TAMPA, Fla. – The only thing better than winning the NHL championship? Sharing a big hockey hug with your best friend.

Before they went dancing with the Stanley Cup, Avalanche captain Gabe Landeskog and Erik Johnson carved out a little piece of ice amid the celebration of a 2-1 victory against Tampa Bay and embraced like brothers from different mothers.

“We were crying, telling each other how much we loved each other. How proud we were of each other. We’ve been teammates for 11 years. We finally climbed the mountain,” Johnson told me late Sunday, after Colorado beat the Lightning in Game 6 of the Stanley Cup Final to claim the franchise’s first championship since 2001.

Gabriel Landeskog (92) of the Colorado ...

AAron Ontiveroz, The Denver Post

Gabriel Landeskog (92) of the Colorado Avalanche and Erik Johnson (6) celebrate with the Stanley Cup after the third period of Colorado’s 2-1 win over the Tampa Bay Lightning at Amalie Arena in Tampa on Sunday, June 26, 2022. The Avalanche defeated the lightning 4-2 in the best-of-seven series to clinch the third Stanley Cup title in franchise history.

It was worth the wait, because there is no more beautiful dance in sports than the one Landeskog took with a 139-year-old beauty. Landeskog lifted the 34.5-pound silver chalice over his head, welcoming the Cup back home to Colorado with a kiss.

And then? Landeskog handed the Cup to Johnson. Hockey besties. Sharing the greatest prize in the game. Atop the mountain. Together.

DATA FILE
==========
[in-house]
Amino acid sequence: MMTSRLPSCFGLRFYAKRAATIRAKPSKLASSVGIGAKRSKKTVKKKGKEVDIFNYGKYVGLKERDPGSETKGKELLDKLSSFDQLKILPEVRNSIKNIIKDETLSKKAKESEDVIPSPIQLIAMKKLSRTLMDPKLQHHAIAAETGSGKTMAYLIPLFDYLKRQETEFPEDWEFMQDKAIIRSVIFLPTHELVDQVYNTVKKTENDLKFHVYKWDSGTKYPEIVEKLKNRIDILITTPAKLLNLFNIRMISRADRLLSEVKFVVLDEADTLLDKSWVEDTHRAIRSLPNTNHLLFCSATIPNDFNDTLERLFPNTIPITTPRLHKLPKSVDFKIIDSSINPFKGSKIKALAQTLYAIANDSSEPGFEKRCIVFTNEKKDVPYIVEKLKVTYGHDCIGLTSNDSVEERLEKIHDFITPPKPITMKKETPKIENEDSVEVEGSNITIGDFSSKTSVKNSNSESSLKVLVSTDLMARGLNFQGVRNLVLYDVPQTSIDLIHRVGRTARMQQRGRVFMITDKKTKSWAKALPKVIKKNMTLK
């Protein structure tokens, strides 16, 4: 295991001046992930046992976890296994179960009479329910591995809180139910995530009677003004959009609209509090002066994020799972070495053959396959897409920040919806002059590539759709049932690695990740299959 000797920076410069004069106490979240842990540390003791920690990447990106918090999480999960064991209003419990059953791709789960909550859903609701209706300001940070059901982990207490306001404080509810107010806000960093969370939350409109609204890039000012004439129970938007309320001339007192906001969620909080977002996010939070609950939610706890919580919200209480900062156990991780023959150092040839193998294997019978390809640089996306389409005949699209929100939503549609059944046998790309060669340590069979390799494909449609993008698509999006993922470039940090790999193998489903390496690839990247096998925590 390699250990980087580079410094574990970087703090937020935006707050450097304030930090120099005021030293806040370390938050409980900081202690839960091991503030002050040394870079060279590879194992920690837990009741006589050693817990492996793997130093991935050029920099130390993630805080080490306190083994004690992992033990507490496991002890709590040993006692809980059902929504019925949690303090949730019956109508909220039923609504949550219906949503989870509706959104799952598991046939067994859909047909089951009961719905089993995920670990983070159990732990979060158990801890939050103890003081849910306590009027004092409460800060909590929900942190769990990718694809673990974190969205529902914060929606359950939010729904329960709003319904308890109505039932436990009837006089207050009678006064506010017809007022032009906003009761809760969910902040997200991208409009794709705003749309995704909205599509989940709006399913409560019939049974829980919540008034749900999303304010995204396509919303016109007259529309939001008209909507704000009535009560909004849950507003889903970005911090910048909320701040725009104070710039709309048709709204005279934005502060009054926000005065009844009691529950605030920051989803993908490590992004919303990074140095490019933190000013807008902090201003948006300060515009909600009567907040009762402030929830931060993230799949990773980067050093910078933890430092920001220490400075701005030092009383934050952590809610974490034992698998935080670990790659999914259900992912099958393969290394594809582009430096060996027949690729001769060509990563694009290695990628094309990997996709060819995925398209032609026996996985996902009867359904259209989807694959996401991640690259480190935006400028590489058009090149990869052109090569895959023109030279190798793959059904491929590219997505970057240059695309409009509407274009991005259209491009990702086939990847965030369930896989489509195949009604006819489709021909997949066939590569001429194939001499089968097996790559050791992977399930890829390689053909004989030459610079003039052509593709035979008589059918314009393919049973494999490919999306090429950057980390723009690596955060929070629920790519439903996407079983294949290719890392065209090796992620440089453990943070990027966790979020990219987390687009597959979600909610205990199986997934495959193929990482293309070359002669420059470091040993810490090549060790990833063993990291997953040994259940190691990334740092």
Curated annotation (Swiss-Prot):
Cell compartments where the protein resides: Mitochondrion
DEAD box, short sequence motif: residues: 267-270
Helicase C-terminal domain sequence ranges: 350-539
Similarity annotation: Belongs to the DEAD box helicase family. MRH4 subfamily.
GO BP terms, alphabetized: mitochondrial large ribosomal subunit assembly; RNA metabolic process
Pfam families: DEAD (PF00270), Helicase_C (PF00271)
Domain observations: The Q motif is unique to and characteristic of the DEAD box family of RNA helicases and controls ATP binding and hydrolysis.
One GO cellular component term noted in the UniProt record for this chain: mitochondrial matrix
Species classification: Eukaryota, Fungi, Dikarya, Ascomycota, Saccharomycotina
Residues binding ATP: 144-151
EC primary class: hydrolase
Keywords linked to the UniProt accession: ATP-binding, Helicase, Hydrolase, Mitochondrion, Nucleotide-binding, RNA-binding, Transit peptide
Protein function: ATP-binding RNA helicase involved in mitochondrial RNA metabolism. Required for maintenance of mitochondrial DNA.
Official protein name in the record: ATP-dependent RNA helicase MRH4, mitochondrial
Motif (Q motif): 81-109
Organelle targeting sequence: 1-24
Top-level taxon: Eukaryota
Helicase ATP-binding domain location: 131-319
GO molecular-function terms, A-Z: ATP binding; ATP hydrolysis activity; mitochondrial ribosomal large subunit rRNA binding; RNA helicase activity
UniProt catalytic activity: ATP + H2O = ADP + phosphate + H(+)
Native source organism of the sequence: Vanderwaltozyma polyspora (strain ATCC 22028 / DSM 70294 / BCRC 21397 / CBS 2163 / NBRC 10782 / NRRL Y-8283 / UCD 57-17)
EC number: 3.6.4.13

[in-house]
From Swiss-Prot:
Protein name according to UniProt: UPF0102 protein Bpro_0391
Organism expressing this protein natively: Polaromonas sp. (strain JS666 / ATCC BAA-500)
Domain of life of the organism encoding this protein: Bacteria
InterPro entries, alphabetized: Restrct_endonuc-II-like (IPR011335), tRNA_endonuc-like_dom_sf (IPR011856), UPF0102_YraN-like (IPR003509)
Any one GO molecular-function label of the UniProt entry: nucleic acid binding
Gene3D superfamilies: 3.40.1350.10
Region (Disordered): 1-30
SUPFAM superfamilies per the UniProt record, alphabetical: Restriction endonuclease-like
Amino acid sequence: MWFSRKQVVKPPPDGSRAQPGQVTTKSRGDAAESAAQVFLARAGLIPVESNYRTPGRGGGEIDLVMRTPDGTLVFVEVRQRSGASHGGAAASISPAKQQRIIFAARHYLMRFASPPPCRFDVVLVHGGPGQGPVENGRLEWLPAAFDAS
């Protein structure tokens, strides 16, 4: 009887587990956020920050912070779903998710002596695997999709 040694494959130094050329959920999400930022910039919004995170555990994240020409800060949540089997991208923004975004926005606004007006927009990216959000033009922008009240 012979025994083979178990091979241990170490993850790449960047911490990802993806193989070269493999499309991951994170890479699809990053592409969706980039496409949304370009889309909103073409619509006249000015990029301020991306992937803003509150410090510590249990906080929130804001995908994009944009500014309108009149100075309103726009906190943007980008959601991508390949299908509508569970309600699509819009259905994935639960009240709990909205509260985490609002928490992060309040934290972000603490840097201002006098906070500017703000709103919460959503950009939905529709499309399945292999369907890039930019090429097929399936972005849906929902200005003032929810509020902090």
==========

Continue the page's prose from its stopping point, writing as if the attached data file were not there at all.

“To win it with E.J. is just so special. He has been my best friend since Day 1 … He was the first guy to reach out to me after I got drafted,” Landeskog told me. “I’ve been following my big brother for all these last 11 years. To be able to hand off that Stanley Cup and watch him skate away with it …”

I’m not crying. You’re crying.

Landy and E.J. have given heart and soul to this team, not to mention teeth and assorted body other parts, from years when the Avs weren’t easy to love through this crowning glory. Between them, Johnson and Landeskog have played 1,509 games, scored 344 goals and contributed 551 assists to the Burgundy and Blue.

A child led the Avs to their first championship since 2001. OK, check that. At 23 years old, baby-faced defenseman Cale Makar only looks like the kid that takes your hamburger order at the drive-through window. On a star-studded roster, Makar was the man, richly deserving of the Conn Smythe trophy as the playoff MVP.

But did you see Landeskog crawling off the ice to the Avs bench in the final desperate minutes of the Cup-clinching contest, in obvious pain after blocking a wicked hard shot by Tampa Bay forward Nikita Kucherov?

Landeskog “might be the most important person in this whole organization,”  Johnson said before this championship series began. “The demeanor he has, the type of player he is. Just a critical piece. He’s the cog that makes this machine go. The heartbeat of this team.”



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